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Stroke

Clot retrieval, a new ‘stroke’ of hope

A study involving patients in New Zealand has proved the efficacy of a treatment that removes blood clots from the brain. The procedure dramatically improves the recovery of stroke victims. Recently a young patient in Auckland affected a full recovery from a stroke which threatened to leave him with severe mobility issues.

Called clot retrieval the effectiveness of the treatment has been proved by studies in Holland, the US, Canada, Australia and New Zealand. Still, it could take up to five years before it is rolled out as standard practice in hospitals around the world.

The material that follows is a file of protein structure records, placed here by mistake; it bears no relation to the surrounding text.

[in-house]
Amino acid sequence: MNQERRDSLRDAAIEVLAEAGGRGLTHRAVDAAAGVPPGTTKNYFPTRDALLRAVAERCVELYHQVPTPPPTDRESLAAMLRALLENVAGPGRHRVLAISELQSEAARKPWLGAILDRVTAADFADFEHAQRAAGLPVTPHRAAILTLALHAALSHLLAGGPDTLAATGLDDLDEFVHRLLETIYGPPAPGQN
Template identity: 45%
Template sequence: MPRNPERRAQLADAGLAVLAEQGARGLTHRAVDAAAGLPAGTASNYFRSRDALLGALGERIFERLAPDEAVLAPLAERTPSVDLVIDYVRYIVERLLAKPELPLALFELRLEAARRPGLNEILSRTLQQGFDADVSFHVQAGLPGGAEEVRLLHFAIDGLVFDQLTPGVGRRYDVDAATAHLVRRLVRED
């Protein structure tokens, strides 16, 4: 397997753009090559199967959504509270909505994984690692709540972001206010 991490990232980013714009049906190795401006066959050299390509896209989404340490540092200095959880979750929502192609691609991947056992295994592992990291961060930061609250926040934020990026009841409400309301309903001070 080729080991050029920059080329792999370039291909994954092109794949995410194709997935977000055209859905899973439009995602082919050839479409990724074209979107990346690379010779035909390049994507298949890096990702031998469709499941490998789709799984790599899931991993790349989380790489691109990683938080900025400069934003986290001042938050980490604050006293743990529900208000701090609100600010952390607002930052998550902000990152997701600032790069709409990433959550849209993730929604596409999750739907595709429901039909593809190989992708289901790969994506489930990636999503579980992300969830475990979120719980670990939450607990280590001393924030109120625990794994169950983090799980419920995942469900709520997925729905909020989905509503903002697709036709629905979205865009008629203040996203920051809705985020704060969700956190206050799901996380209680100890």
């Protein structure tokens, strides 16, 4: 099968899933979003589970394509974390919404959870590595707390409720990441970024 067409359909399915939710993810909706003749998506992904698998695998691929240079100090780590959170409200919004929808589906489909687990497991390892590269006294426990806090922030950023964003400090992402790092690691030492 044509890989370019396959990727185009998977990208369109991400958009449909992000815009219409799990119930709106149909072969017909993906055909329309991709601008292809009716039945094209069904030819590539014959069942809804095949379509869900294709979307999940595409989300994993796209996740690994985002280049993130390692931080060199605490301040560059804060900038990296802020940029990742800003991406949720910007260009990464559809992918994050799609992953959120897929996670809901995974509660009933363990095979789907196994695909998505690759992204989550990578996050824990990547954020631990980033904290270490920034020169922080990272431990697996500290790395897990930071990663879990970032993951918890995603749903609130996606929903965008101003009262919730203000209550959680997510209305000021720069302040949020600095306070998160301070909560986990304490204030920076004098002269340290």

The surgery is complex, resource intensive and involves inserting a thin tube known as a catheter through the groin and into the brain to draw out the clot. Stroke ranks third next only to heart disease and cancer as a cause for death and it occurs usually when a blood clot gets stuck in an artery supplying blood to brain. If the clot does not break up within a few hours, the brain stops working.

The standard treatment so far is to try and bust the clot with drugs and clear the artery. But this works only in one in three cases. Clot retrieval, on the other hand, is successful 80 per cent of the time.

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